Download presentation

Presentation is loading. Please wait.

Published byShannon Revelle Modified about 1 year ago

1
Beam Pumping Workshop Houston, Texas October 4 - 7, 2005 Long & Slow vs. Short & Fast Norman W. Hein, Jr., P. E. – President & Managing Director Oil & Gas Optimization Specialists, Ltd. (OGOS), Midland, TX.

2
Oct , Beam Pumping Workshop - ©OGOS2 Let’s Vote How should pumping units be operated? Long & Slow? Short & Fast?

3
Oct , Beam Pumping Workshop - ©OGOS3 Is There a Preference? YES!

4
Oct , Beam Pumping Workshop - ©OGOS4 Content Speed Background –Acceleration Factor –Theoretical Max Speed Pumping Unit Rating –API Spec –Lufkin Recommendation Gear Box Pumping Unit Fatigue Effects Well Design Examples

5
Oct , Beam Pumping Workshop - ©OGOS5 Speed Background

6
Oct , Beam Pumping Workshop - ©OGOS6 Speed Background (con’t) Acceleration Factor C = (S * N 2 )/70,500 Don’t exceed free fall speed of the rods 1962 W. H. Ritterbusch “Petroleum Production Handbook” –“Always choose a speed below that maximum practical limit permitted by free-rod fall so that the polished-rod clamp and hangar bar will not separate on the downstroke.” –Recommended permissible speed of 70% of maximum free fall limit.

7
Oct , Beam Pumping Workshop - ©OGOS7 Speed Background (con’t) 1965 Bethlehem Steel published “Pumping Unit Selection Charts” –“Normally at speeds which exceed 0.7 of the free fall velocity, the polished rod begins to leave the carrier.” Lufkin in catalog supported 0.7 of free fall speed (for Conventional Unit geometries) –10% reduction if Air Balance –20% reduction if Mark II If well straight and pumping fresh water, C = –But seldom is well straight –Typically pumping other than fresh water

8
Oct , Beam Pumping Workshop - ©OGOS8 SPM vs. S PR (fpm)

9
Oct , Beam Pumping Workshop - ©OGOS9 Speed Background (con’t) Gipson & Swaim recommended for design: < C < 0.3 (Shallow wells) > optimize equipment (not too large) < 0.3 to stay less than free fall speed N/No’ <0.35 (Deeper wells) Gipson & Swaim has always recommended designing PU based on middle stroke for unit. In real world operating situation, the free fall speed of the rods and the gear box capacity determine maximum pumping speed.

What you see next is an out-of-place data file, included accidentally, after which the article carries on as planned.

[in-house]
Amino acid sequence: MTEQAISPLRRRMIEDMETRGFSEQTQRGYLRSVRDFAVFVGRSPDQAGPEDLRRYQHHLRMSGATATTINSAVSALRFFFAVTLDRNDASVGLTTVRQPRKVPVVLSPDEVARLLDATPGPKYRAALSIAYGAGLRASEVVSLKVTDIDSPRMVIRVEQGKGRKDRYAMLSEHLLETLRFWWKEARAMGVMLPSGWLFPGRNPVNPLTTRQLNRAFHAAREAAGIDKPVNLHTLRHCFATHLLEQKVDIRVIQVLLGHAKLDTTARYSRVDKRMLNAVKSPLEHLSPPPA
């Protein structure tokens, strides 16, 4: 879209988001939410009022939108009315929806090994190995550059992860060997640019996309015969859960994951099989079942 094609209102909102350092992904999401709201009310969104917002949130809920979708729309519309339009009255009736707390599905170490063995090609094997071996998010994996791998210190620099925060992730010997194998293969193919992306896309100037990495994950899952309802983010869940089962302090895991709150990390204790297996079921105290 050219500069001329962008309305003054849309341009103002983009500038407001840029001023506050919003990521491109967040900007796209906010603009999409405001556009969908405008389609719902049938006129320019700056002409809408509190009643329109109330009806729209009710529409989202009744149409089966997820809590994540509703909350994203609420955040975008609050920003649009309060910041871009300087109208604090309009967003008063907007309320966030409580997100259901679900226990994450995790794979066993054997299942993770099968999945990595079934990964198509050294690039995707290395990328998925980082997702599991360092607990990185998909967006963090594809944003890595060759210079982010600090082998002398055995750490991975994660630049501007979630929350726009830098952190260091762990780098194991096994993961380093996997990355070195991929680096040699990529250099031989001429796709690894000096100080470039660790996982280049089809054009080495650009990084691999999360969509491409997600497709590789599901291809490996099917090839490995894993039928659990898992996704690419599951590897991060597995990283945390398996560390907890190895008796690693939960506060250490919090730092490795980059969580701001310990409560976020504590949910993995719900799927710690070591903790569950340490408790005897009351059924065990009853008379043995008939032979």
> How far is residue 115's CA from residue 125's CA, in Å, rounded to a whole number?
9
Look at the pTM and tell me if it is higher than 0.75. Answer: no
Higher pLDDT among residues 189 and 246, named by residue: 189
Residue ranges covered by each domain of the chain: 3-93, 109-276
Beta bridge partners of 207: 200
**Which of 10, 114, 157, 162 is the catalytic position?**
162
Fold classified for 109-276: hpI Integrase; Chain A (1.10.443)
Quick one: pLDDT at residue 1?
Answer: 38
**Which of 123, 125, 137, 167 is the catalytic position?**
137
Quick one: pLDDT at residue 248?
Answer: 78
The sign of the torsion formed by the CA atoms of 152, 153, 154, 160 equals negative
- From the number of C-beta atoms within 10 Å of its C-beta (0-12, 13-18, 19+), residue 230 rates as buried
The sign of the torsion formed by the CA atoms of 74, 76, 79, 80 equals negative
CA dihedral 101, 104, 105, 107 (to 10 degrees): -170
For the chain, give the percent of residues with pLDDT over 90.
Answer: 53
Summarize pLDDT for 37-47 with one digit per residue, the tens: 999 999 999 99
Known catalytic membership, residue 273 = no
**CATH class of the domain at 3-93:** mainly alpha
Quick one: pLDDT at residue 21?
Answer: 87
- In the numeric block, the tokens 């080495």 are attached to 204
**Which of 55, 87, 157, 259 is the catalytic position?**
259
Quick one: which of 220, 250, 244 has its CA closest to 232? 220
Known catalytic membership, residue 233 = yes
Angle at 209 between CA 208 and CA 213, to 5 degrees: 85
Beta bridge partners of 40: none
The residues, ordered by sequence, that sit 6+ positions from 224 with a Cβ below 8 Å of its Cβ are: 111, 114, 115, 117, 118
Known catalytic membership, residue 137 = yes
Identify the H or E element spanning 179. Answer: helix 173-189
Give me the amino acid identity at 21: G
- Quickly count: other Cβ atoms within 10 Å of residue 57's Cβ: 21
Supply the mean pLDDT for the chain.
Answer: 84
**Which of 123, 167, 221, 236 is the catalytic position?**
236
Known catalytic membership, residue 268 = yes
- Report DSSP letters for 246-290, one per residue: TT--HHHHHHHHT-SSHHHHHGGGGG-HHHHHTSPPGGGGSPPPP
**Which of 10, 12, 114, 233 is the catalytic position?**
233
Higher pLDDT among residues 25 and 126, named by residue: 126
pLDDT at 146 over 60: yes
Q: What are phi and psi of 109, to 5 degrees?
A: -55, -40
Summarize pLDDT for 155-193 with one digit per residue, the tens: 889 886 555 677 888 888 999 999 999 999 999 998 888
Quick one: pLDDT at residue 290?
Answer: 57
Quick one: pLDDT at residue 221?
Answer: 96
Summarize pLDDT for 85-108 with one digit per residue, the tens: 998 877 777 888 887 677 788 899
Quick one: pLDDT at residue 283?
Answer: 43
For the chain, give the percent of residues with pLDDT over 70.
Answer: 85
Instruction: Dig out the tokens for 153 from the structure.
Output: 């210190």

10
Oct , Beam Pumping Workshop - ©OGOS10 Pumping Unit Rating API Spec 11E “Pumping Units” covers –Gear Reducer (Box) –Unit Structure Gear Reducer performance based on AGMA Standard Originally based on 20 SPM for all gear reducers IN 1981, API revised reducer rating for 456 & larger units

11
Oct , Beam Pumping Workshop - ©OGOS11 Pumping Unit Rating (con’t) API larger unit speed rating: Peak Torque Rating (in-lbs)SPM 456, , , ,280, ,824, ,560,00011

12
Oct , Beam Pumping Workshop - ©OGOS12 Pumping Unit Rating (con’t) Lufkin Hi-Q Herringbone Gear Speed Reducers – Double Reduction Units –Assume operation ~1150 rpm prime mover –~30 to 1 ratio D4025.1D D5740.4D D8055.8D D D D160115D D228160D D *assumes prime mover speed of 870 rpm

13
Oct , Beam Pumping Workshop - ©OGOS13 Pumping Unit Rating w/Structure Pumping Unit Size Max. SPMPU SizeMax. SPM C (305) C C (305) C C C C C C C C C C C C C C C C C C C C C C

14
Oct , Beam Pumping Workshop - ©OGOS14 Pumping Unit Rating w/Structure Pumping Unit SizeMax. SPMPU SizeMax. SPM M M M M M M M M M M M M M M M M M M

15
Oct , Beam Pumping Workshop - ©OGOS15 Pumping Unit Rating w/Structure Pumping Unit SizeMax. SPMPU SizeMax. SPM A A A A A A A A A A A A A A A A

16
Oct , Beam Pumping Workshop - ©OGOS16 Pumping Unit Rating w/Structure In real world operating situation, the free fall speed of the rods and the Pumping Unit Stroke Length determine maximum pumping speed.

17